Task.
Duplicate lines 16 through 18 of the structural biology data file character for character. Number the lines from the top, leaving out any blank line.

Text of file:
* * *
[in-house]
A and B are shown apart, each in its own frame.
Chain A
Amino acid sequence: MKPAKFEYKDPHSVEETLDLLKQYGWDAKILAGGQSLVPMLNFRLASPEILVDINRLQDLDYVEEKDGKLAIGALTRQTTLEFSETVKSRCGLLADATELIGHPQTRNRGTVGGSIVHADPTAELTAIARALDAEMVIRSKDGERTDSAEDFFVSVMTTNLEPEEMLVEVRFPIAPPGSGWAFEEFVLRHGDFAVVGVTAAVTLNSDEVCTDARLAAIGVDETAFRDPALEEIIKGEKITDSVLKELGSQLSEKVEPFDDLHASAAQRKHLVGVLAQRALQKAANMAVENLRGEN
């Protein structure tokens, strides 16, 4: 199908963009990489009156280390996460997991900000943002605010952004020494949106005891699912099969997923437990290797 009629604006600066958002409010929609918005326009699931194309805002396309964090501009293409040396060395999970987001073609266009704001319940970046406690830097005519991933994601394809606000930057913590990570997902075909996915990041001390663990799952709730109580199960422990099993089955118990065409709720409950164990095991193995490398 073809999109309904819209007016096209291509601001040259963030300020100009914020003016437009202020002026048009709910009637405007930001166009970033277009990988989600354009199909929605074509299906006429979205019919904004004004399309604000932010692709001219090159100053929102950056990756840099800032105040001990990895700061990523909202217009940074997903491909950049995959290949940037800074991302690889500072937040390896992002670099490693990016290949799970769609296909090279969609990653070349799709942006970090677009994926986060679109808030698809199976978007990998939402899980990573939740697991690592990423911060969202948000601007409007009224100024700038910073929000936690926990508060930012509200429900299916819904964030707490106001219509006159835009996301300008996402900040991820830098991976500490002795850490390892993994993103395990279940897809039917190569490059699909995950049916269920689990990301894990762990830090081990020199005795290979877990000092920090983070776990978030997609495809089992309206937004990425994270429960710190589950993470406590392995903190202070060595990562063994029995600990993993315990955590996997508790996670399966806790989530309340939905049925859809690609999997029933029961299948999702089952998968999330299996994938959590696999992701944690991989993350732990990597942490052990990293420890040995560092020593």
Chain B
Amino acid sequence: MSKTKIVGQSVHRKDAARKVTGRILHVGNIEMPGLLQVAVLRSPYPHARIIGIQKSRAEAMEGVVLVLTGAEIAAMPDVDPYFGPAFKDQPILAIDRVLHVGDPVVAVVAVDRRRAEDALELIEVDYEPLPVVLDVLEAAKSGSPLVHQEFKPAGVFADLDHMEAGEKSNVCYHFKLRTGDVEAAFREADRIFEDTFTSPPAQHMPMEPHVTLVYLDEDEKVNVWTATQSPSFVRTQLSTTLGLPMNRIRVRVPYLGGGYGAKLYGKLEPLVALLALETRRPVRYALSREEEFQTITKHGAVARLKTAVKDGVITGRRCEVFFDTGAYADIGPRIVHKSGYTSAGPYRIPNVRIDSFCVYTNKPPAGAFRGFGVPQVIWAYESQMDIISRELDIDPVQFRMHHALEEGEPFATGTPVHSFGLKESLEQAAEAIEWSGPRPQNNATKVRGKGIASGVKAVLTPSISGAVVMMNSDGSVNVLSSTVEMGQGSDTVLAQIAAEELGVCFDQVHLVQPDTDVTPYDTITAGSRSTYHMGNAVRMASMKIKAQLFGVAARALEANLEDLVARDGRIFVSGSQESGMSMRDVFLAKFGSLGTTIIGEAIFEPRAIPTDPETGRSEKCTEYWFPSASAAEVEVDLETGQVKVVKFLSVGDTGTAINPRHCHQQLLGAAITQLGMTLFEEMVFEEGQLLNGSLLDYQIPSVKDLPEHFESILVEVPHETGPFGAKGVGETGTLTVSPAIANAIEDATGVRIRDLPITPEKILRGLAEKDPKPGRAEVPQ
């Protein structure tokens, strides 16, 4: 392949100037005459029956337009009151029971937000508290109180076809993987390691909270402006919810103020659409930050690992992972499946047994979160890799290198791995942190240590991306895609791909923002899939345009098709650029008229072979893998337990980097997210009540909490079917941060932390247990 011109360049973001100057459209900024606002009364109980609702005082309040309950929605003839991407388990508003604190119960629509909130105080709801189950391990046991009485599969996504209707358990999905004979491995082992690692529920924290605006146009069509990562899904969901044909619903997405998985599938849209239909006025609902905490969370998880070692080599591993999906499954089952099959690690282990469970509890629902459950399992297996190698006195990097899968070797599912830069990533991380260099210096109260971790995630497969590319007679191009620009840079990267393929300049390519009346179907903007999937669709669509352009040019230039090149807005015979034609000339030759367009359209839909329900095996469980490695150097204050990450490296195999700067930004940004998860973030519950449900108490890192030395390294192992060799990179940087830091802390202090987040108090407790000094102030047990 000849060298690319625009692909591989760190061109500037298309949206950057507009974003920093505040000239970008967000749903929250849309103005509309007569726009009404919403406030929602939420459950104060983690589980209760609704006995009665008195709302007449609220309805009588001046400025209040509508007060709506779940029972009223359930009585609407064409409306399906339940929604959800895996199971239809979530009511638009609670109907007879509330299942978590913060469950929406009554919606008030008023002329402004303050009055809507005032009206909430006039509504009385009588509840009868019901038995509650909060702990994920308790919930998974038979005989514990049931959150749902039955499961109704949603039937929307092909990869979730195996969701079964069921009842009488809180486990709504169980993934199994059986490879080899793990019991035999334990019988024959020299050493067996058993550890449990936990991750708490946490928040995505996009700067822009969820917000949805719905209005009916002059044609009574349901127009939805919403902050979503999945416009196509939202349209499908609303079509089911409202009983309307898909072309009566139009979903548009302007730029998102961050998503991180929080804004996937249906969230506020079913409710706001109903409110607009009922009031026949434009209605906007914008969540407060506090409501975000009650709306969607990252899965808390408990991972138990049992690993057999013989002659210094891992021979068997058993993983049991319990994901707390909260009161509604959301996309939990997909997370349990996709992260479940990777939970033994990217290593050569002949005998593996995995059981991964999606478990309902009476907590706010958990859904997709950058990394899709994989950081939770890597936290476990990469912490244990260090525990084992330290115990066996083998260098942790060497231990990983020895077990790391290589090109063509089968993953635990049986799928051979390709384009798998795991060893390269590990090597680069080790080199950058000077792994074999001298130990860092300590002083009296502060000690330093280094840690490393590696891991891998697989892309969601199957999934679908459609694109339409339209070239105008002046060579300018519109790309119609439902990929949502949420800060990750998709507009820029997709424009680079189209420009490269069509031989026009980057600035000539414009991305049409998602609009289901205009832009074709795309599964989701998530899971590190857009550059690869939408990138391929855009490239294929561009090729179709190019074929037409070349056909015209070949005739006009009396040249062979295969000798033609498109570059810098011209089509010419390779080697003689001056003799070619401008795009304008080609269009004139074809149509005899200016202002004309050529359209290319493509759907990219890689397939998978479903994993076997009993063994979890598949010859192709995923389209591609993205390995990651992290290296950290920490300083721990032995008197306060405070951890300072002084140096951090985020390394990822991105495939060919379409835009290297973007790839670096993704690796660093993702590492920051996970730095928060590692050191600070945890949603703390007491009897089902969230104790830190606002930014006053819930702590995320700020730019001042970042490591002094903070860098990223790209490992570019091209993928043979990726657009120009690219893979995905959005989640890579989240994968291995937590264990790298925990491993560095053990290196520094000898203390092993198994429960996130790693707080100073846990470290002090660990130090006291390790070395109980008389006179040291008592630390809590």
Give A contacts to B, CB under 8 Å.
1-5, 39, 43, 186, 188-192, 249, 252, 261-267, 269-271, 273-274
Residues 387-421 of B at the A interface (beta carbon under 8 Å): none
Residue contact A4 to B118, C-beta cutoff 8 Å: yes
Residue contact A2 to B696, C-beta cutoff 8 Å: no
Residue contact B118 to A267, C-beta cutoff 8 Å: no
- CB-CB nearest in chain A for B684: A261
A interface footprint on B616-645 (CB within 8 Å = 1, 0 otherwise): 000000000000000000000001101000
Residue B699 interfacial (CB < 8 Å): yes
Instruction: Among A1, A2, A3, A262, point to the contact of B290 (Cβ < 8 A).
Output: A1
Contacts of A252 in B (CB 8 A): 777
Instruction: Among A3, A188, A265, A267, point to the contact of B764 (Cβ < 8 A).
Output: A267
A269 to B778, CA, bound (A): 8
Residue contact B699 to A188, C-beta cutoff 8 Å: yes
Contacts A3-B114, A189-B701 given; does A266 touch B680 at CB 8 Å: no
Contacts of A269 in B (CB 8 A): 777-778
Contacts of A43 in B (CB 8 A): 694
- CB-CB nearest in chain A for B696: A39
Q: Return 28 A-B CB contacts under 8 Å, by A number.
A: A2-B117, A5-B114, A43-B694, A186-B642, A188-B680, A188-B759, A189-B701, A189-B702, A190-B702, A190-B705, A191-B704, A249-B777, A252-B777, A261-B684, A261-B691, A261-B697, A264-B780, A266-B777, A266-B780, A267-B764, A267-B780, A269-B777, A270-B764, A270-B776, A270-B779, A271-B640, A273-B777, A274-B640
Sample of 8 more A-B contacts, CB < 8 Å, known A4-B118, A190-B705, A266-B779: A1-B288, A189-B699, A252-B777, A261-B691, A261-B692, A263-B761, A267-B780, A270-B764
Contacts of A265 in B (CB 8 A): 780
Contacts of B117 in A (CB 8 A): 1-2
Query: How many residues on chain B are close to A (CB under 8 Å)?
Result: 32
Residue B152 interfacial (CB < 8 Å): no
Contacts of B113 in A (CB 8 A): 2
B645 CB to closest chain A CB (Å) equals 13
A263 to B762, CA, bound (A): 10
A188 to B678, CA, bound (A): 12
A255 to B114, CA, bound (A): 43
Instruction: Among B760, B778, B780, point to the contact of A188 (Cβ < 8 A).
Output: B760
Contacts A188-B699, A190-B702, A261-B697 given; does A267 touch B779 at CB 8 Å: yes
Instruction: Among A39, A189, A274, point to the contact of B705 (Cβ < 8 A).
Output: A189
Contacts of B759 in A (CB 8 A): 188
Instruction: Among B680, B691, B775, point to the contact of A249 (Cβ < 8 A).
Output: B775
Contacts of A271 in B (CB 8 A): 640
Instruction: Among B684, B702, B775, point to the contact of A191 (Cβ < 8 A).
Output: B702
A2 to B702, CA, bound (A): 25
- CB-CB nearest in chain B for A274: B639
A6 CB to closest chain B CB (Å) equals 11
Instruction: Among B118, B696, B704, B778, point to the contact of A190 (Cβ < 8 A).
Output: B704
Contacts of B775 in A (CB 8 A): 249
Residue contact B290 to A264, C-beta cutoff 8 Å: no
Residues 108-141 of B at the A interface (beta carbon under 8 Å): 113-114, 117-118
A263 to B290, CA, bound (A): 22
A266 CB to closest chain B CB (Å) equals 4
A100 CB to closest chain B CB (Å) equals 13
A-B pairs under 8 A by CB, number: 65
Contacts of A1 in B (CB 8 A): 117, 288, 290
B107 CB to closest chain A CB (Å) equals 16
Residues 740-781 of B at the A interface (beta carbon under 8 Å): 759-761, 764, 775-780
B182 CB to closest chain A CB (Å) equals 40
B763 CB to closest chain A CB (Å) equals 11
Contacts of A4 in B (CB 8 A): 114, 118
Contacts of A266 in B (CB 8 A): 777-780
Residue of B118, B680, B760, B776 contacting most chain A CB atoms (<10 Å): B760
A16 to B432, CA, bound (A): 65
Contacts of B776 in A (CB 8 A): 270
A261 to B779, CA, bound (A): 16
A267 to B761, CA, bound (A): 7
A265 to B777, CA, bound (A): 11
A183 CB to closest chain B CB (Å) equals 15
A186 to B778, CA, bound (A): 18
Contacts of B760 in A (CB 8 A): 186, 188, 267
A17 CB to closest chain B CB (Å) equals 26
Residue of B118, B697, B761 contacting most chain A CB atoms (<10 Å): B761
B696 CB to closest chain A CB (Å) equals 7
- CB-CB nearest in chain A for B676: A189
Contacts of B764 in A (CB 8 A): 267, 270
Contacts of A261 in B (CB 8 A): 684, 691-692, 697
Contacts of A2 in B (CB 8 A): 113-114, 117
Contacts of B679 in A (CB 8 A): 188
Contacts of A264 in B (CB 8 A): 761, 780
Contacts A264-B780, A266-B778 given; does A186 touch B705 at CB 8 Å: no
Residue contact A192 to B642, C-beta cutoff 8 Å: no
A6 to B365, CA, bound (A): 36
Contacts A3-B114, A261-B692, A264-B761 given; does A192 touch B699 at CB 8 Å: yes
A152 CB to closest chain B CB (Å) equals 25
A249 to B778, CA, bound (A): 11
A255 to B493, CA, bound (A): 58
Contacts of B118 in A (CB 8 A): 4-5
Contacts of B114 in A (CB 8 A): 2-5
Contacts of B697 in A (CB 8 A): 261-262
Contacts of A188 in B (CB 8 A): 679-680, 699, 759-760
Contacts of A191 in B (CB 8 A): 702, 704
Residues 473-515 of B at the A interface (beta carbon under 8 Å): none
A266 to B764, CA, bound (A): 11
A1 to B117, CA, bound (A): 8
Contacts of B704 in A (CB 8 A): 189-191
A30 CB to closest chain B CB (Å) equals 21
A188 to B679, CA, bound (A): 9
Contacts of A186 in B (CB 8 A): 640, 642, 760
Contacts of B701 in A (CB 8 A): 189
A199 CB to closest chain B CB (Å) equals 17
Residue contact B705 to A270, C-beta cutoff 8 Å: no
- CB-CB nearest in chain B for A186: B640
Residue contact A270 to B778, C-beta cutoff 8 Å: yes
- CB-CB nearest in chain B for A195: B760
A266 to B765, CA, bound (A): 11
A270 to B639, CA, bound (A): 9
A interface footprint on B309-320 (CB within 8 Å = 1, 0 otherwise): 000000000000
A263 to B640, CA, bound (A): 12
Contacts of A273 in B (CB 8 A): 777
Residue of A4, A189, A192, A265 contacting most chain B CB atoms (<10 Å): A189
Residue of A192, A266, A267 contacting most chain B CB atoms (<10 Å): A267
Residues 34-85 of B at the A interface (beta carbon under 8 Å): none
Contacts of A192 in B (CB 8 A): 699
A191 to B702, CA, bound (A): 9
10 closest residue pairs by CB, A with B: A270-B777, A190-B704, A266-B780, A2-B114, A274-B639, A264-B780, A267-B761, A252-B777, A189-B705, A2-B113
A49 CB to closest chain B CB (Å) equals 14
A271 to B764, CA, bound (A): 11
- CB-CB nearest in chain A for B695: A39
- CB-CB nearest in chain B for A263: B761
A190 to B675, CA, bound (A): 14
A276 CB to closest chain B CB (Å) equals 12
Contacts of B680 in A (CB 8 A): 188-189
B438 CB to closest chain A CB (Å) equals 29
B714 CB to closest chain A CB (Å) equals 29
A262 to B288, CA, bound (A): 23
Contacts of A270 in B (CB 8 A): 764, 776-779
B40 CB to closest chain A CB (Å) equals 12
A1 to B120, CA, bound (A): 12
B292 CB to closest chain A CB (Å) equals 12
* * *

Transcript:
A interface footprint on B616-645 (CB within 8 Å = 1, 0 otherwise): 000000000000000000000001101000
Residue B699 interfacial (CB < 8 Å): yes
Instruction: Among A1, A2, A3, A262, point to the contact of B290 (Cβ < 8 A).